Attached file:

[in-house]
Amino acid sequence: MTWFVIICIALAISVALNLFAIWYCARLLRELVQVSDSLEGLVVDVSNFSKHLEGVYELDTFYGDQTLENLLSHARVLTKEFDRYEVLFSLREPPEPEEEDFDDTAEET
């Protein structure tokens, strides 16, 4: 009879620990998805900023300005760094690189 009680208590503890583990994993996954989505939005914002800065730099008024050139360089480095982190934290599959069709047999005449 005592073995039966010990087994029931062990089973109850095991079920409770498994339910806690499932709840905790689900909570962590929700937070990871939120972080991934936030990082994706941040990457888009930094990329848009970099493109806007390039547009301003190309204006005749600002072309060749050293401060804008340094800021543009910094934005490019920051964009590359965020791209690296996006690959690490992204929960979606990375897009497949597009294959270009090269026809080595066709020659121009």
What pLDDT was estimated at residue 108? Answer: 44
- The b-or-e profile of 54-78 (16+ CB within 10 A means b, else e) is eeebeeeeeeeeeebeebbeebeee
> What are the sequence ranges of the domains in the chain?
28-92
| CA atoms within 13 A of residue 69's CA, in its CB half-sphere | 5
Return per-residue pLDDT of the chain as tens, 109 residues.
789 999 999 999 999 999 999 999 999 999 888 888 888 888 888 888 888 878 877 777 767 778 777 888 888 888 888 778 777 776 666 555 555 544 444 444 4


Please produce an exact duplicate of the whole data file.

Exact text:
[in-house]
Amino acid sequence: MTWFVIICIALAISVALNLFAIWYCARLLRELVQVSDSLEGLVVDVSNFSKHLEGVYELDTFYGDQTLENLLSHARVLTKEFDRYEVLFSLREPPEPEEEDFDDTAEET
């Protein structure tokens, strides 16, 4: 009879620990998805900023300005760094690189 009680208590503890583990994993996954989505939005914002800065730099008024050139360089480095982190934290599959069709047999005449 005592073995039966010990087994029931062990089973109850095991079920409770498994339910806690499932709840905790689900909570962590929700937070990871939120972080991934936030990082994706941040990457888009930094990329848009970099493109806007390039547009301003190309204006005749600002072309060749050293401060804008340094800021543009910094934005490019920051964009590359965020791209690296996006690959690490992204929960979606990375897009497949597009294959270009090269026809080595066709020659121009």
What pLDDT was estimated at residue 108? Answer: 44
- The b-or-e profile of 54-78 (16+ CB within 10 A means b, else e) is eeebeeeeeeeeeebeebbeebeee
> What are the sequence ranges of the domains in the chain?
28-92
| CA atoms within 13 A of residue 69's CA, in its CB half-sphere | 5
Return per-residue pLDDT of the chain as tens, 109 residues.
789 999 999 999 999 999 999 999 999 999 888 888 888 888 888 888 888 878 877 777 767 778 777 888 888 888 888 778 777 776 666 555 555 544 444 444 4